My reaction to Kendra's letter was a happy one, but I was also surprised that Kendra would be traveling soon.  Johnny had planned to cancel the annual holiday with his parents; apparently, he had not.  Although the in-laws ended up inviting Kendra along (the original plan did not include Kendra and meant she would be spending Christmas alone without her husband, either of her two boys, or her just relinquished newborn), I considered this a defeat for Kendra.  In the hospital, before her husband had agreed to cancel the trip altogether, Kendra had shared that she didn't want to travel, even if she were to be invited along:
"His family is super fancy.  They go to restaurants where we have to get all dressed up.  I wouldn't be feeling up to that even if I were invited.  I'm exhausted.  I just don't want to be without my boys for Christmas."
Now, Kendra would be packing for a trip less than a week after giving birth!  With a breast infection on top of it all!  After giving away her baby!

I thought it was all too much.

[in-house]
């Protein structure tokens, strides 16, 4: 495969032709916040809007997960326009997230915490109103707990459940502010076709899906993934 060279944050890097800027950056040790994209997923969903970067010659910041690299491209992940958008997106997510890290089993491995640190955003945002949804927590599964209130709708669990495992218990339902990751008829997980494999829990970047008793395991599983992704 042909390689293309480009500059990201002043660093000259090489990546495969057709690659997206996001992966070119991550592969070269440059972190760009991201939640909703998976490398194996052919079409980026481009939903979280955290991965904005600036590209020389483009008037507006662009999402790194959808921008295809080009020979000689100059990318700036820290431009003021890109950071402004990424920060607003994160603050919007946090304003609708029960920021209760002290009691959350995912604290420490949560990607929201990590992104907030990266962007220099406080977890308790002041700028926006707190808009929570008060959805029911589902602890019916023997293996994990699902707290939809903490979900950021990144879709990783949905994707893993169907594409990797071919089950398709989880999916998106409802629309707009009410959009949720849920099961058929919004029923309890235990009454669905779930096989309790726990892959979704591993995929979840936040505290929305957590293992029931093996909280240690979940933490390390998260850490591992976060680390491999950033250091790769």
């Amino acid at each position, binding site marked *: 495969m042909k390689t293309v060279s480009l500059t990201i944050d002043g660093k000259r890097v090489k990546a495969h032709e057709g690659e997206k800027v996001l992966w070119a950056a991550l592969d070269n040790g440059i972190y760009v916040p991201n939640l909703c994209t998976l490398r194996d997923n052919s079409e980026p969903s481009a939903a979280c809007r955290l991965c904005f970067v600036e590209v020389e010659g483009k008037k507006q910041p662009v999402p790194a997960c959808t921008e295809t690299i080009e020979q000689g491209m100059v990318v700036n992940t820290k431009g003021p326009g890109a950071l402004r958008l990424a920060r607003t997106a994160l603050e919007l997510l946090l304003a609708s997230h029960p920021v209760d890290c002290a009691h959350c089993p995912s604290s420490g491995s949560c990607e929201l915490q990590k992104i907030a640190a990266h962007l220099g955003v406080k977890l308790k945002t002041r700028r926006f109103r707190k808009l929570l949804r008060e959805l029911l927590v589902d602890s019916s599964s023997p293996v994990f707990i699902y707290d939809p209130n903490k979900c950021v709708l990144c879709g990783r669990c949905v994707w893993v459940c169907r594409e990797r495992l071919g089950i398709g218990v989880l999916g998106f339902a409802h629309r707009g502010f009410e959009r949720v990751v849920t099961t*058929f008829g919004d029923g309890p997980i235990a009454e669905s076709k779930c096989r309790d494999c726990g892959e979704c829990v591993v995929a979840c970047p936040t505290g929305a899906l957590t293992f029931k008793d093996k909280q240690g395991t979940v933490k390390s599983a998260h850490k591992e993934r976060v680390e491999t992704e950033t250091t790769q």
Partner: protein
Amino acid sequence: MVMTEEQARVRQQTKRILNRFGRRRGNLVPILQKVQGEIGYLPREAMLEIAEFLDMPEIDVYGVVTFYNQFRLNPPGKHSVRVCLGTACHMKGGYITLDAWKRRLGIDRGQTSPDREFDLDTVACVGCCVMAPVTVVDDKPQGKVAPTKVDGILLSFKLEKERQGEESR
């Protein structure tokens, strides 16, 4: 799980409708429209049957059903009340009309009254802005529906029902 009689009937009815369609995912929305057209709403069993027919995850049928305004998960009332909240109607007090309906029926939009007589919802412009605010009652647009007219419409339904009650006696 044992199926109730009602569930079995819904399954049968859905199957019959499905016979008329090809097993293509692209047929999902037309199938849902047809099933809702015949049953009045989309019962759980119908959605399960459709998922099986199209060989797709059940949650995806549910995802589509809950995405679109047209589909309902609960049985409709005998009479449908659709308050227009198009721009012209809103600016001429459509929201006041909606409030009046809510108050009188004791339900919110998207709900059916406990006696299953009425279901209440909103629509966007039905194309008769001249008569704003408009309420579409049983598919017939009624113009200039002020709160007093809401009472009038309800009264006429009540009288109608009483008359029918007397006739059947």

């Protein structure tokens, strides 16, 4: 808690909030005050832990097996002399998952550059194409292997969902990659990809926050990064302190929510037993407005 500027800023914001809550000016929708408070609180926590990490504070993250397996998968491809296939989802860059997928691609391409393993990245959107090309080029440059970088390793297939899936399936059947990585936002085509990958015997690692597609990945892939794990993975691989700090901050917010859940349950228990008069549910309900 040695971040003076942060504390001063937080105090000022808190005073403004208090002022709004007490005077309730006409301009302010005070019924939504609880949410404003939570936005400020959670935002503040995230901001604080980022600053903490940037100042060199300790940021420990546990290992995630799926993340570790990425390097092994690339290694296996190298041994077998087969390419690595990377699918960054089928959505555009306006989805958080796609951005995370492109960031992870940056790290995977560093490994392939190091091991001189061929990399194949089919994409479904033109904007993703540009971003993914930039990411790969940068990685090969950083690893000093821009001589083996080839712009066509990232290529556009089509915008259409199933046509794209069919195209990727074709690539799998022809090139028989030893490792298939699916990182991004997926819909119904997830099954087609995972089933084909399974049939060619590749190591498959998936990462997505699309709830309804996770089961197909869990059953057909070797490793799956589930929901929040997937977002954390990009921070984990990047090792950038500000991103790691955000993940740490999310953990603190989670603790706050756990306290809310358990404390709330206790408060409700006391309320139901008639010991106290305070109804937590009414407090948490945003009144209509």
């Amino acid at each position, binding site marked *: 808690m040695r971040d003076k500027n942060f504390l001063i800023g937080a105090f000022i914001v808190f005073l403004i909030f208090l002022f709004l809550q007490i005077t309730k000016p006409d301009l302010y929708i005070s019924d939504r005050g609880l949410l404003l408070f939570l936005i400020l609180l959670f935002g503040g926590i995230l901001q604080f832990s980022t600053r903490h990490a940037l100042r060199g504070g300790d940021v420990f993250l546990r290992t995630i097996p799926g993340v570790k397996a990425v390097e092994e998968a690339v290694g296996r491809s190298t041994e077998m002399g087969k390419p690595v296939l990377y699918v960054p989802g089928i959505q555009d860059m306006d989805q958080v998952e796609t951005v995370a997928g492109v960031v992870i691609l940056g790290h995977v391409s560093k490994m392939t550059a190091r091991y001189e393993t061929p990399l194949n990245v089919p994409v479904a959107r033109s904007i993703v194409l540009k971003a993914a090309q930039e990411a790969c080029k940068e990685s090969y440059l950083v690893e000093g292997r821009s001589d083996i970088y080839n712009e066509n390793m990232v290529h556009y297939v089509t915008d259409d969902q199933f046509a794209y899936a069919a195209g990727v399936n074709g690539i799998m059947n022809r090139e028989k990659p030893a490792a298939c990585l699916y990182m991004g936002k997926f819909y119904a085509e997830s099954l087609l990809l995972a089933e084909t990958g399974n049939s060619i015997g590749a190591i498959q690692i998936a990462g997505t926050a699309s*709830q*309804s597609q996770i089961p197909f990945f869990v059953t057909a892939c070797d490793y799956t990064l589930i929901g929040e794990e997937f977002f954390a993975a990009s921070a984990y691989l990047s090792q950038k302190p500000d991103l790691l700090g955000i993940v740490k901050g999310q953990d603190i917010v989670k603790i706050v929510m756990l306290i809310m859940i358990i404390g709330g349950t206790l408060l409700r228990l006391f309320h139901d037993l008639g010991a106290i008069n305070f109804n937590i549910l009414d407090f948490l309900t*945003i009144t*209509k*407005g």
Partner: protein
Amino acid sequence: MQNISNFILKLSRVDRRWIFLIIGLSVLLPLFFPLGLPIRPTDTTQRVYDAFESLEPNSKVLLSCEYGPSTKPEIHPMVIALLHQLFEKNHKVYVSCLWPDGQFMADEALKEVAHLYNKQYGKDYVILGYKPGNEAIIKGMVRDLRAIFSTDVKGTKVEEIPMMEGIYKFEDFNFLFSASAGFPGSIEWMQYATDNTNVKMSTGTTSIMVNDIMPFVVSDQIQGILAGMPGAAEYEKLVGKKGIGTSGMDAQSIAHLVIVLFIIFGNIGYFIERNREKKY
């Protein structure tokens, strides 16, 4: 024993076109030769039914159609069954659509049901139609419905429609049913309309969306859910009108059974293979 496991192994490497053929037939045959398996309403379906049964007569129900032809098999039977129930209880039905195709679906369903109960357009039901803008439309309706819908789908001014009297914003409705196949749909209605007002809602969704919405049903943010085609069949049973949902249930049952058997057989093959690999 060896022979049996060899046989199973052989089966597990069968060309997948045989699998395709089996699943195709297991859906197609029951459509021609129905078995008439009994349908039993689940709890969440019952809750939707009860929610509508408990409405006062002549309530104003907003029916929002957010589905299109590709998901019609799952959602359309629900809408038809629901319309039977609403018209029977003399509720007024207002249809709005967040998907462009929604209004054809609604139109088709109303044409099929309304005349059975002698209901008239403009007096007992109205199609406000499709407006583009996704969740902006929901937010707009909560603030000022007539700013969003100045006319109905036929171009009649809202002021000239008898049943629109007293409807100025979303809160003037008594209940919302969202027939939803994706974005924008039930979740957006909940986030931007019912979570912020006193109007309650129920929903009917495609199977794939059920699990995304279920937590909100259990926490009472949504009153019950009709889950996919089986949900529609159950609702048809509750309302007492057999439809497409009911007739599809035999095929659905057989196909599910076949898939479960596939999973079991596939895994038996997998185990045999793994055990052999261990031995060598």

But...the last two paragraphs of Kendra's email were reassuring and comforting.  I felt good after reading them.  Now, I wonder whether Kendra was getting any coaching from the attorney and/or social worker on her end.  Maybe someone had given her some instruction on "how to talk to your baby's prospective adoptive parents after relinquishment!" 

Or...perhaps Kendra was trying to please us, trying to remain a "good" birthmother lest we cut off all contact with her?

As the day progressed, I reread Kendra's email--to myself, to Tom, to my mother, to various friends.  Kendra's words rolled easily off my tongue:

"I hope everything continues to go well!"

Things would not.

To Be Continued...